Anxiety about aging, for example, can be seen as a symptom of compulsory able-bodiedness/able-mindedness, as can attempts to "treat" children who are slightly shorter than average with growth hormones; in neither case are the people involved necessarily disabled, but they are certainly affected by cultural ideals of normalcy and ideal form and function.
In contexts where their differences are visible, persons with disabilities often face stigma. People frequently react to disabled presence with fear, pity, patronization, intrusive gazes, revulsion, or disregard. These reactions can, and often do, exclude persons with disabilities from accessing social spaces along with the benefits and resources these spaces provide. Disabled writer/researcher Jenny Morris describes how stigma functions to marginalize persons with disabilities:
Going out in public so often takes courage. How many of us find that we can't dredge up the strength to do it day after day, week after week, year after year, a lifetime of rejection and revulsion? It is not only physical limitations that restrict us to our homes and those whom we know. It is the knowledge that each entry into the public world will be dominated by stares, by condescension, by pity, and by hostility.
Additionally, facing stigma can cause harm to the psycho-emotional well-being of the person being stigmatized. One of the ways in which the psycho-emotional health of persons with disabilities is adversely affected is through the internalization of the oppression they experience, which can lead to feeling that they are weak, crazy, worthless or any number of other negative attributes that may be associated with their conditions. Internalization of oppression damages the self-esteem of the person affected and shapes their behaviors in ways that are compliant with dominance of those with no acknowledged disability. Ableist ideas are frequently internalized when disabled people are pressured by the people and institutions around them to hide and downplay their disabled difference, or, "pass". According to writer Simi Linton, the act of passing takes a deep emotional toll by causing disabled individuals to experience loss of community, anxiety and self-doubt. The media play a significant role in creating and reinforcing stigma associated with disability. Media portrayals of disability usually cast disabled presence as necessarily marginal within society at large. These portrayals simultaneously reflect and influence the popular perception of disabled difference.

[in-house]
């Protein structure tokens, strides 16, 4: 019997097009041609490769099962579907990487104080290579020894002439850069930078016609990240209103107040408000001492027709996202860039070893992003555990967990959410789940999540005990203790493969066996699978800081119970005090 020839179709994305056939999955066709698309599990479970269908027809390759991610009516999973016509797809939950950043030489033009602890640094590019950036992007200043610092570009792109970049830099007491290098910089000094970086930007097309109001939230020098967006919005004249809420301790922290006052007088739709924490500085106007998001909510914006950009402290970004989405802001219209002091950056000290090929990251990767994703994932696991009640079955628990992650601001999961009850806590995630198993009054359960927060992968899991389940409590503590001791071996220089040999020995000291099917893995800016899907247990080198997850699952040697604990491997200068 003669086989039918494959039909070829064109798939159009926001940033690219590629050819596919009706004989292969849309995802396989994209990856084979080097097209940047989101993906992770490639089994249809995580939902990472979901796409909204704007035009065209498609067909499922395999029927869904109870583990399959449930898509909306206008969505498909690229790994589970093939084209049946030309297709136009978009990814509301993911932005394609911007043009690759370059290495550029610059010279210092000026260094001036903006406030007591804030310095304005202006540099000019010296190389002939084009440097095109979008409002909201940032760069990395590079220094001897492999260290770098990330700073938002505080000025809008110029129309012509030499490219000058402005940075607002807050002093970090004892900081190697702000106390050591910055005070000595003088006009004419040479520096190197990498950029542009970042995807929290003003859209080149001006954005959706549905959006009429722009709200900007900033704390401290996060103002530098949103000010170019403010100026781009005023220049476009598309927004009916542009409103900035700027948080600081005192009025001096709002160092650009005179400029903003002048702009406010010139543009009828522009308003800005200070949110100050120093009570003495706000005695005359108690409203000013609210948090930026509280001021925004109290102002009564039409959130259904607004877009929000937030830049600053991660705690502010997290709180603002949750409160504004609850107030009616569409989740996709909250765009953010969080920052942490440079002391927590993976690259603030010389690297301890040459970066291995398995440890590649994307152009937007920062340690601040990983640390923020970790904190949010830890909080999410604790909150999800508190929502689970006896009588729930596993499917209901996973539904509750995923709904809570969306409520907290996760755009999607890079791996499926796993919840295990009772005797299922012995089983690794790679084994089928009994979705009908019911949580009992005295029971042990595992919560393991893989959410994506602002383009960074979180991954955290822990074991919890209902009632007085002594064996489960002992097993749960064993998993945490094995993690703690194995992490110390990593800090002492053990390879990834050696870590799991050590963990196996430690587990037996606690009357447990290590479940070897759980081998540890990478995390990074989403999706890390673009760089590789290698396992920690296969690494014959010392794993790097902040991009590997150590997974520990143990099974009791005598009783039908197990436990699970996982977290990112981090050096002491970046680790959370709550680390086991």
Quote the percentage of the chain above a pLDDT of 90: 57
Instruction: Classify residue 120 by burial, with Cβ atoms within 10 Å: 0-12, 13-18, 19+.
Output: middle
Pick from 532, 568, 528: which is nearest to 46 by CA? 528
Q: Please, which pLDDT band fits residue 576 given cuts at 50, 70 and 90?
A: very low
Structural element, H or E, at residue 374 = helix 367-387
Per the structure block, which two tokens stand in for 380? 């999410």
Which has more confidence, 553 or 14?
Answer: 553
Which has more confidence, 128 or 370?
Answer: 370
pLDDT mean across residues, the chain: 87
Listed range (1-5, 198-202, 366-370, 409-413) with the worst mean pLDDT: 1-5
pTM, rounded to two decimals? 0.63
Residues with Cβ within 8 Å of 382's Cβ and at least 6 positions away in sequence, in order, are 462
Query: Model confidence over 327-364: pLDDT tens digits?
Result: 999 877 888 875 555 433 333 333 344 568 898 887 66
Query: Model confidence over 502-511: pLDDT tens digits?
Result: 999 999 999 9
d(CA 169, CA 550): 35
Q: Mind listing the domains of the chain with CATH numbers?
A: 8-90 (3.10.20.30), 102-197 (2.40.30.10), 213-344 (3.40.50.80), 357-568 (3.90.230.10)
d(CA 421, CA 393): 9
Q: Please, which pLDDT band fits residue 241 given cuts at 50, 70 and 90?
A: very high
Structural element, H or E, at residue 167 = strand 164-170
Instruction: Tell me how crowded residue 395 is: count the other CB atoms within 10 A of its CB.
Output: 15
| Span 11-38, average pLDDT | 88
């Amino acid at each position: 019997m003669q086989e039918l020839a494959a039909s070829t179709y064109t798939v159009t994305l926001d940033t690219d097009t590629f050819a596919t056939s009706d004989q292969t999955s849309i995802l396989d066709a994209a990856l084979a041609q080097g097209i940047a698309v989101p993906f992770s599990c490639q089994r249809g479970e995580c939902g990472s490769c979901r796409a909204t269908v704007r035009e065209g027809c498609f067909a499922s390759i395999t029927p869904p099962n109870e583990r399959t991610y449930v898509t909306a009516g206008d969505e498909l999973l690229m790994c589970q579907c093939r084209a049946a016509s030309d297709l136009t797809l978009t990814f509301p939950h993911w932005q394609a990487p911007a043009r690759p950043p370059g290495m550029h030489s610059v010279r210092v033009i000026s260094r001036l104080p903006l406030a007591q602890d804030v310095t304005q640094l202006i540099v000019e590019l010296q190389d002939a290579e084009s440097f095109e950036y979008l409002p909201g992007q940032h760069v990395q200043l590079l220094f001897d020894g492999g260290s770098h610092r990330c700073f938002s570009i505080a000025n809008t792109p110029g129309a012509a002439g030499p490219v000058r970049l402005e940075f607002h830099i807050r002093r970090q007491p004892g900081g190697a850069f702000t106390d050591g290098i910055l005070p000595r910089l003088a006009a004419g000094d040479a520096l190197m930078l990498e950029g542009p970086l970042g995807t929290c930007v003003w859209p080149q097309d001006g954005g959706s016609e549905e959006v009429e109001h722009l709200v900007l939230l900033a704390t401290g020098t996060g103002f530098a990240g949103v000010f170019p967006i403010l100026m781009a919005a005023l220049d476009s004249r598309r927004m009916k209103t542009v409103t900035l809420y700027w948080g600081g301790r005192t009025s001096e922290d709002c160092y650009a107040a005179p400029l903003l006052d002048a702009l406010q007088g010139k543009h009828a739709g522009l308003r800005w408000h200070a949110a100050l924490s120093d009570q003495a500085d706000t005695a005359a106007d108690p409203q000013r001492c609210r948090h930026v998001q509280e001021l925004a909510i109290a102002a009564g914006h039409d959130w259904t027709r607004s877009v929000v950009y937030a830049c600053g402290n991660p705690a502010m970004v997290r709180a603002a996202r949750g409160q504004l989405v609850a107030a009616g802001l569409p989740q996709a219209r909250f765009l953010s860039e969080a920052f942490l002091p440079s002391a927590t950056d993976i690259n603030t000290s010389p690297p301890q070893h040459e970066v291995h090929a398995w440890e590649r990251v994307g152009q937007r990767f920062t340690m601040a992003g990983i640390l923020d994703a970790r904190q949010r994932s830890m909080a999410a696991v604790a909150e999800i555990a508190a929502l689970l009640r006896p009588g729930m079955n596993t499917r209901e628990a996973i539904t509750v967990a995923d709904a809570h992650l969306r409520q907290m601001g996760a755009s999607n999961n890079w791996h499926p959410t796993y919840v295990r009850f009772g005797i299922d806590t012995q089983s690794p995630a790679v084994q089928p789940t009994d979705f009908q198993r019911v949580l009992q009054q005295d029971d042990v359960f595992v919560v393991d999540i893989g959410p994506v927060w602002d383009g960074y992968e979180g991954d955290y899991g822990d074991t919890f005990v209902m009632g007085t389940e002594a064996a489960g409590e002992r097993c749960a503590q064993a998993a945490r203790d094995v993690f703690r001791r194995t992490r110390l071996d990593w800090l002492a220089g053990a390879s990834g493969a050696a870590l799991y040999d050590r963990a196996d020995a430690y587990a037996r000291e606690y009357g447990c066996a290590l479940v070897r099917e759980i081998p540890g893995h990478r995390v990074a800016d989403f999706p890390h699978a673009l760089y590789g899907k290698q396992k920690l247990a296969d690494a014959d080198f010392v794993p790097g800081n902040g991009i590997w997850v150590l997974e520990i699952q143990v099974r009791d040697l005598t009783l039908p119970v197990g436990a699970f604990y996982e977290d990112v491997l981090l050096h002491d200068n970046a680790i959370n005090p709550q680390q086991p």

There are distinct tactics that the media frequently employ in representing disabled presence. These common ways of framing disability are heavily criticized for being dehumanizing and failing to place importance on the perspectives of persons with disabilities. As outlined by disability theorist and rhetorician Jay T. Dolmage, ableist media tropes can reflect and continue to perpetuate society's myths about disabled people.
Inspiration porn refers to portrayals of persons with disabilities in which they are presented as being inspiring simply because the person has a disability. These portrayals are criticized because they are created with the intent of making viewers with no acknowledged disability feel better about themselves in comparison to the individual portrayed. Rather than recognizing the humanity of persons with disabilities, inspiration porn turns them into objects of inspiration for an audience composed of those with no acknowledged disability.
The supercrip trope refers to instances when the media reports on or portray a disabled person who has made a noteworthy achievement but centers on their disability rather than what they actually did. They are portrayed as awe-inspiring for being exceptional compared to others with the same or similar conditions. This trope is widely used in reporting on disabled athletes as well as in portrayals of autistic savants.
Many disabled people denounce these representations as reducing people to their condition rather than viewing them as full people. Furthermore, supercrip portrayals are criticized for creating the unrealistic expectation that disability should be accompanied by some type of special talent, genius, or insight.
Examples of this trope in the media include Dr. Shaun Murphy from The Good Doctor, Marvel's Daredevil, and others.